Theory’s fine, but what about practice? Oxfam’s MEL chief on the evidence agenda
Two Oxfam responses to the evidence debate. First Jennie Richmond, (right) our results czarina (aka Head of Programme Performance and Accountability) wonders what it all means in for the daily grind of NGO MEL (monitoring, evaluation and learning). Tomorrow I attempt to wrap up.
The results wonkwar of last week was compelling intellectual ping-pong. The bloggers were heavy-hitters and the quality of the comments provided lots of food for thought. However, I was left wondering what it all meant for those of us who work in NGOs, trying to generate and learn from ‘evidence’ on a daily basis. I found myself unable to simply vote, so instead I blog….
The results and evidence agendas have brought some real benefits to NGOs in my view. First and foremost, it is important and right that those of us who claim to work in the interests of the poorest people in the world and are stewards of other people’s money, should set ourselves high standards for our own impact. In its simplest form the results agenda asks us to justify the trust others have placed in us, by demonstrating whether we are actually bringing about positive change. In Oxfam GB, accountability has long been held as a core organisational value. It is not the results and agenda that has got us thinking about how to capture and communicate our effectiveness, but it has provided a helpful additional push.
A further positive is that space has been created both within our own organisations and in the wider sector, to stop, listen and learn. MEL-istas (as Duncan calls us) 5 years ago struggled to get the ear of senior managers (let alone Ministers). But the results agenda has increased the stakes around MEL – encouraging organisations not only to increase investment, but also to listen to the findings coming from our own data gathering and analysis.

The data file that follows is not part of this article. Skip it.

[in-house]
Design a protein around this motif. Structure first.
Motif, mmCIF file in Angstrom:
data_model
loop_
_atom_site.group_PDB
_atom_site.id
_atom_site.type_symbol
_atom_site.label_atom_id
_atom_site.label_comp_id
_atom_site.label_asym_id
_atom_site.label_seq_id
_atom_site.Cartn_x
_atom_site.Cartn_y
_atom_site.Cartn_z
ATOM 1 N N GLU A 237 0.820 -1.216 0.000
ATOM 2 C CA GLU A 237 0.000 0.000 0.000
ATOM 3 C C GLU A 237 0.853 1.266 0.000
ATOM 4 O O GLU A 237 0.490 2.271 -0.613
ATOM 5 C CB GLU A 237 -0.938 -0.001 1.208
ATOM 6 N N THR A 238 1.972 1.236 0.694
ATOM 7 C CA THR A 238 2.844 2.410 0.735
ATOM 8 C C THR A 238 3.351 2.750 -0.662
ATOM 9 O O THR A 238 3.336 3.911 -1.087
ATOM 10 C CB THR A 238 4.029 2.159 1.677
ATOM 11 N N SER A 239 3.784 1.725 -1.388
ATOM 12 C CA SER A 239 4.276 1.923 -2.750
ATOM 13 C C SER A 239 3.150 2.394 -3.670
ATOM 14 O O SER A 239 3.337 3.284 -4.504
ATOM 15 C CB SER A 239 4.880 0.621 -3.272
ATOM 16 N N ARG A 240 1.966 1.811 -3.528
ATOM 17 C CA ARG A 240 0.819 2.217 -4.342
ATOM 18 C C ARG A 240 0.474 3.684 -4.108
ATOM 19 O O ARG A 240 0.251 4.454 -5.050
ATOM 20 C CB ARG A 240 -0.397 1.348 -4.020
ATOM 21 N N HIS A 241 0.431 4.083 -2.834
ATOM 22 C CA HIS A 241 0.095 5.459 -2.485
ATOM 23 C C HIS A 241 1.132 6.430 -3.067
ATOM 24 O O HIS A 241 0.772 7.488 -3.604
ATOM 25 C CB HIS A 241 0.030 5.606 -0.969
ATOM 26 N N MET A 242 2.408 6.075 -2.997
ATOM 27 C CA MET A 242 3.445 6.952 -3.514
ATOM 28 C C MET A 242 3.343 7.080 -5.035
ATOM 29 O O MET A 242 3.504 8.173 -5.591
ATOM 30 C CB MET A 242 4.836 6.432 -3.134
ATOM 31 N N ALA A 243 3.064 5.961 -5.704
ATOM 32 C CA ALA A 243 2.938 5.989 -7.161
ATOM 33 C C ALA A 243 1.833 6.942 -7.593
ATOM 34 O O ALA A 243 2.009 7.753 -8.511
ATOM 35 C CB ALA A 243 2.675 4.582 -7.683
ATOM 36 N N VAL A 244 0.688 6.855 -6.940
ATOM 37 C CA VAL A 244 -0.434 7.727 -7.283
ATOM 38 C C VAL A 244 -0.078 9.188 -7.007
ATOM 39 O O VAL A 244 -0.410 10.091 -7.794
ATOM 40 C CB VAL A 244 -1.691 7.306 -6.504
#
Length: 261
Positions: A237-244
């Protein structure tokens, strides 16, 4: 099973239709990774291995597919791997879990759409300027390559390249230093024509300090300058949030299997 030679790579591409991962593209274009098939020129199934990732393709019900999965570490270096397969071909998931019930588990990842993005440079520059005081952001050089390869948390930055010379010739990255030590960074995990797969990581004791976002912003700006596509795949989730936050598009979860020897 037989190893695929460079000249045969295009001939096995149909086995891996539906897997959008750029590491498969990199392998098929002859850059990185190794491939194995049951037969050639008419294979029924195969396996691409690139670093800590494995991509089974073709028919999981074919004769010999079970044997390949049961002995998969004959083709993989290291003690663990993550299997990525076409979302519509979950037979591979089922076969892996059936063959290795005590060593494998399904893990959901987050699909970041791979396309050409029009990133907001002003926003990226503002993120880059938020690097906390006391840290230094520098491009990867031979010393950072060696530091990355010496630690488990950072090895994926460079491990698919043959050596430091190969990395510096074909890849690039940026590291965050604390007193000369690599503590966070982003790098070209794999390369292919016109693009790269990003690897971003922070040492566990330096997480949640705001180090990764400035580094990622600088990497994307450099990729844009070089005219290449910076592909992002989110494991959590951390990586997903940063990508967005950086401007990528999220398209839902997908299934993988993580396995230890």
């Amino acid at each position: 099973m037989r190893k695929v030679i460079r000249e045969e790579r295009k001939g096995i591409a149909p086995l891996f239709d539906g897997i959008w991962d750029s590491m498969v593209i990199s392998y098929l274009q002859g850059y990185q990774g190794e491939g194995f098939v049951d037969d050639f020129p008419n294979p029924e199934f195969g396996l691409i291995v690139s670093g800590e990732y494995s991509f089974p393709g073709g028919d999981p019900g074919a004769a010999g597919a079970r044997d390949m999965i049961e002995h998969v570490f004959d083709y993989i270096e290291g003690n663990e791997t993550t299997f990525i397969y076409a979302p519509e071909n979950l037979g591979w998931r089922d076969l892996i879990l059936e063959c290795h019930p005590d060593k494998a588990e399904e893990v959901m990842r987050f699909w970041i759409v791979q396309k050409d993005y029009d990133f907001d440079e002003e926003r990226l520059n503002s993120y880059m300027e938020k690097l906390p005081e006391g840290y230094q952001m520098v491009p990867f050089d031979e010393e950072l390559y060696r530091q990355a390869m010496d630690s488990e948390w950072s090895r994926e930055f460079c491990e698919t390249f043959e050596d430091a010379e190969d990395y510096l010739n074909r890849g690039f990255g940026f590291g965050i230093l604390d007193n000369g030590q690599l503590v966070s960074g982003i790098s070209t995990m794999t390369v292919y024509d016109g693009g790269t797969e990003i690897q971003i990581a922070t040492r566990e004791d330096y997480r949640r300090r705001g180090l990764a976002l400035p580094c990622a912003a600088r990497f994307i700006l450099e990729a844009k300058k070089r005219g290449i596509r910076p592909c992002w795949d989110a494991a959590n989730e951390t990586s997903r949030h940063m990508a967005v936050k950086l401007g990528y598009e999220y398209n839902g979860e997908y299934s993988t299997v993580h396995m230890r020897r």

However, it has also increased the demand and the expectation, which are not easily met by all NGOs. In Oxfam GB the investment in MEL has increased over the last couple of years, undoubtedly, but still it is a real stretch to deliver the ever-more ambitious demands from donors, to develop tools to tell the story of our broader organisational impact, and to ensure that we are developing innovative ways of measuring cutting-edge programming areas, such as resilience, enterprise development and influencing.
And we are one of the largest international development NGOs in the UK. How much more difficult for the smaller and niche NGOs, or those who lack the flexible financing that permits investment in MEL and innovation? We are conscious in Oxfam that we and other large NGOs need to guard against distorting the NGO market place by pushing the boundaries on MEL and impact too far, and thereby creating expectations that cannot be met by everyone. Somehow we all need to keep our sights on a proportionate approach.
It is not just important to generate evidence, but also to use it properly. There is increased demand for serious, evidence-based conversations about what works. None of us can get away with decisions made purely on gut instinct, force of habit or ideological leaning. We are challenged by the ‘evidence’ question to collate and distil from the broad knowledge base we have at our disposal. And this has in some cases led to surprises. Rigorous studies, whether based on qualitative or quantitative methods, can challenge our preconceptions – showing us impact where we were not optimistic, or the opposite. The test, of course, comes when new programmes are designed. Will the body of evidence be applied – will we be able to find it for starters (in our often not-so-state-of-the-art knowledge management systems), and will it be politically acceptable in our own organisations to apply it to practice?